Foolproof Programmer

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Has anyone come across a foolproof AVR programmer?

I need to supply something that will allow a non-technical operator to update an AVR based unit.

In an ideal world I see something that connects to a PC via USB; plugs into the target via a standard 10-pin ISP header; appears to the PC as a mass storage device; you copy a hex file over; press a button, and all goes well.

#1 This forum helps those that help themselves

#2 All grounds are not created equal

#3 How have you proved that your chip is running at xxMHz?

#4 "If you think you need floating point to solve the problem then you don't understand the problem. If you really do need floating point then you have a problem you do not understand." - Heater's ex-boss

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Use this all the time:
http://www.npe-inc.com/products/...

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Dean has a bootloader that works by that mechanism but you'd have to be using an AT90USB chip in the design to be able to use it.

One could presumably make a programmer using that - it could receive the image to it's own app flash section (assuming it was bigger than the target) then it could also use AVRISPmkII clone software (also found in LUFA) to do the further programming on to the target AVR.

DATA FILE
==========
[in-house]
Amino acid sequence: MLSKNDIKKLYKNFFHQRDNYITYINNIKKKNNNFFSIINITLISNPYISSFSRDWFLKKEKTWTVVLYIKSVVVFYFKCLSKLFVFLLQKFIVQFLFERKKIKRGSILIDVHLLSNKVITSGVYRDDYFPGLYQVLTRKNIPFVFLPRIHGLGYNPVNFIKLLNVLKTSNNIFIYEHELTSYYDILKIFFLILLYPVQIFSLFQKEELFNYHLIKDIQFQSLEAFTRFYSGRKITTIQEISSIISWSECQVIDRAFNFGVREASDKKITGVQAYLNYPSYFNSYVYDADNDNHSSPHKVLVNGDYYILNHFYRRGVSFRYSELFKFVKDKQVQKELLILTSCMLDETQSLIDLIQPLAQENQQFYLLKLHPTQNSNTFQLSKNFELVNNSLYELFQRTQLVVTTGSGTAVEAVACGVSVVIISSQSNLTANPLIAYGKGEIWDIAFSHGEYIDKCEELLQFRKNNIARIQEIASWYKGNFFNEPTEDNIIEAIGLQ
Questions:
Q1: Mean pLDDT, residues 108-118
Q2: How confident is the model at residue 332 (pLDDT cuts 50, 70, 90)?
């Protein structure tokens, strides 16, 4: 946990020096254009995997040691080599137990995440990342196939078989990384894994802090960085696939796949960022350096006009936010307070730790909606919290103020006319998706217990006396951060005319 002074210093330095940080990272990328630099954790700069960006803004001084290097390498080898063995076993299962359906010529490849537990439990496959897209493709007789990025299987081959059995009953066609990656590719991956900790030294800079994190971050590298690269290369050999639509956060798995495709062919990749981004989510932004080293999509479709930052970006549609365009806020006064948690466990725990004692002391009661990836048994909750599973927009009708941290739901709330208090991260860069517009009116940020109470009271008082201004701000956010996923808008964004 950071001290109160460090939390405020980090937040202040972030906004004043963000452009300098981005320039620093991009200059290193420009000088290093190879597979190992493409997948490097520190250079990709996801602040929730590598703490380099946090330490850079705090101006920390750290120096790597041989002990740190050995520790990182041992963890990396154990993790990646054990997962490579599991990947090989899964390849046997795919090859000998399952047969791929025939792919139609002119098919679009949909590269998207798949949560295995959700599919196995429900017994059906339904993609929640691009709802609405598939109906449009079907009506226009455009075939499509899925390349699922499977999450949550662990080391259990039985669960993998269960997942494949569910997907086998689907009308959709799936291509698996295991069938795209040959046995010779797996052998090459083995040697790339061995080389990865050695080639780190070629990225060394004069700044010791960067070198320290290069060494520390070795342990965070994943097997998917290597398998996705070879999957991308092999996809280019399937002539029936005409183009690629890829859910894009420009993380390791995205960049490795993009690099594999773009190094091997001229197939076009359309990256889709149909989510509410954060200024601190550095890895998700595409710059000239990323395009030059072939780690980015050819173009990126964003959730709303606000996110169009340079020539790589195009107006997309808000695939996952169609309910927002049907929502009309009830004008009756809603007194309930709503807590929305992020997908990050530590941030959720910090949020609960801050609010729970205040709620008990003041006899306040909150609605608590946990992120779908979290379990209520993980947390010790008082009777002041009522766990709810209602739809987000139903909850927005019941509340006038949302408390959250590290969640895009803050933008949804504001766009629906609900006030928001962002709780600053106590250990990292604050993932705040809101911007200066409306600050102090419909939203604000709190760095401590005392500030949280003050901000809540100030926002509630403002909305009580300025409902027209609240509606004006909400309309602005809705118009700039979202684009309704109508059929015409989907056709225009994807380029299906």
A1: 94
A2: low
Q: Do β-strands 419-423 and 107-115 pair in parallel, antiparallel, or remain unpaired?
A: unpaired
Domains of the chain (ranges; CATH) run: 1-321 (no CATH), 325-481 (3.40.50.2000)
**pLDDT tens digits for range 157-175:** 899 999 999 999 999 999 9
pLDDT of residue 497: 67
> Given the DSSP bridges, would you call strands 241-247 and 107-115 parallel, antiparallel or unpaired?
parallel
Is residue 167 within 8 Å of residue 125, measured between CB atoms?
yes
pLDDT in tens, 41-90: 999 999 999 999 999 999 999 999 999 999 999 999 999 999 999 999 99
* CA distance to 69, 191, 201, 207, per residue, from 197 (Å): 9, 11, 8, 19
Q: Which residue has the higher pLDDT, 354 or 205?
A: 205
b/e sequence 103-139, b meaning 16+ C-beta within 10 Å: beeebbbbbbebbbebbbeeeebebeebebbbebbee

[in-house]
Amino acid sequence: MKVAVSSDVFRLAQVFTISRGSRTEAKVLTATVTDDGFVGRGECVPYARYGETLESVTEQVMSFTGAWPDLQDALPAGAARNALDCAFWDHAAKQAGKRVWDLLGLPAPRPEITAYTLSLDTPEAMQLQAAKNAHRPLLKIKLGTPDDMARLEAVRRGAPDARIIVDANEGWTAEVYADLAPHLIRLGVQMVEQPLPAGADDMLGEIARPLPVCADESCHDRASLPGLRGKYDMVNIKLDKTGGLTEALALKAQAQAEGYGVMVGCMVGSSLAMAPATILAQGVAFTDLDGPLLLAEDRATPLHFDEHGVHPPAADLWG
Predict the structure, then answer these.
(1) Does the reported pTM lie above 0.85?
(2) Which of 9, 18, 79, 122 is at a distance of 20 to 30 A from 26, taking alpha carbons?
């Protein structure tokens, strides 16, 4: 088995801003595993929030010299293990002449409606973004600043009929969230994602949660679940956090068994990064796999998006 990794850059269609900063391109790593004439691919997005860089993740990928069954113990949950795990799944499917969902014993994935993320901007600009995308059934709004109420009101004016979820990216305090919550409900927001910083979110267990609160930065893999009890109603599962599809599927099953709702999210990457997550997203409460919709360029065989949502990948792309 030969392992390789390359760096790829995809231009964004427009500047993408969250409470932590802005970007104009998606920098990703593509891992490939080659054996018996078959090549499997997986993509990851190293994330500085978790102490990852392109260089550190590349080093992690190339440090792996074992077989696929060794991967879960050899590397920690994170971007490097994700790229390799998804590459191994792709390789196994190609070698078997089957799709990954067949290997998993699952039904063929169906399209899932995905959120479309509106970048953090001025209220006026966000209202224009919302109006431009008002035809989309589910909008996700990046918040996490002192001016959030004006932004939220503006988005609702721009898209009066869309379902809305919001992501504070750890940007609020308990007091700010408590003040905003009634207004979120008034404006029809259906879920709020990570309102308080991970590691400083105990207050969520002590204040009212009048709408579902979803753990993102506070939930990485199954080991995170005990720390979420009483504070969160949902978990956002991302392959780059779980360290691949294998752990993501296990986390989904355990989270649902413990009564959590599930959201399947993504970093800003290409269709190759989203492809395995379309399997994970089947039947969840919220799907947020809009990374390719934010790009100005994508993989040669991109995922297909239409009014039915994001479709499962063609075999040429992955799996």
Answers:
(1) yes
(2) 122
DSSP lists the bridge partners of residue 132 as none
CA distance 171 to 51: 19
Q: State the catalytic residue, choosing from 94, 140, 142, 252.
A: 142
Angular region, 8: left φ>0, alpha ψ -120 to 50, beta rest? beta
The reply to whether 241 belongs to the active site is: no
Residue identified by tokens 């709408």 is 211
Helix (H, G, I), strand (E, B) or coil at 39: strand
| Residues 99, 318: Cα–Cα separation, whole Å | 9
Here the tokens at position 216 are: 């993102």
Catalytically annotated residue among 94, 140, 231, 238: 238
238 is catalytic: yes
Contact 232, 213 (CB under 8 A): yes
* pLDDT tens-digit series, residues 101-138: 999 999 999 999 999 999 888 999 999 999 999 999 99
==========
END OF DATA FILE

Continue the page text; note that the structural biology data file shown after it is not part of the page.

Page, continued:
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Quote:
appears to the PC as a mass storage device;
It doesn't make much sense to do exactly that since it gives the impression that you can copy any file over to the AVR. It would be better to have a program that when run detects the connected programmer and allows you to select the .hex file to download. It should be easy to create such an application and have it communicate through AVRDude with the proper commands. The user need not know AVRDude commands or even that AVRDude is being used at all.

Regards,
Steve A.

The Board helps those that help themselves.

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I wrote a shell in VC++ that runs AVRDude without a window. The hex file and fuse and lock settings were in a text ini file. The interface has one button and pressing it runs AVRDude then examines the return code. If programming was successful it turns the button green and if it fails the button turns red.

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+1 for the NPE unit

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Please Read: Code-of-Conduct

Atmel Studio6.2/AS7, DipTrace, Quartus, MPLAB, RSLogix user

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@kfaria and @Jim
I'm going to send NPE an email and check but their device list looks a bit sparse. No tiny4313 and, surprisingly, no mega 328.

@cliff
Sadly chip choice is already made for this design.

@Steve
Point taken. Copying over a .doc is likely to prove 'interesting'.

@eejay
Something like that might be the way to go. I could supply them with cheap cased USBasp clones and a 'copy all these files to that directory' installer with a simple avrdude front end.

#1 This forum helps those that help themselves

#2 All grounds are not created equal

#3 How have you proved that your chip is running at xxMHz?

#4 "If you think you need floating point to solve the problem then you don't understand the problem. If you really do need floating point then you have a problem you do not understand." - Heater's ex-boss

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Perhaps contact NPE and ask about the missing chips?
They have been very helpful in the past.

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Quote:

+1 for the NPE unit

We have also been using them for years.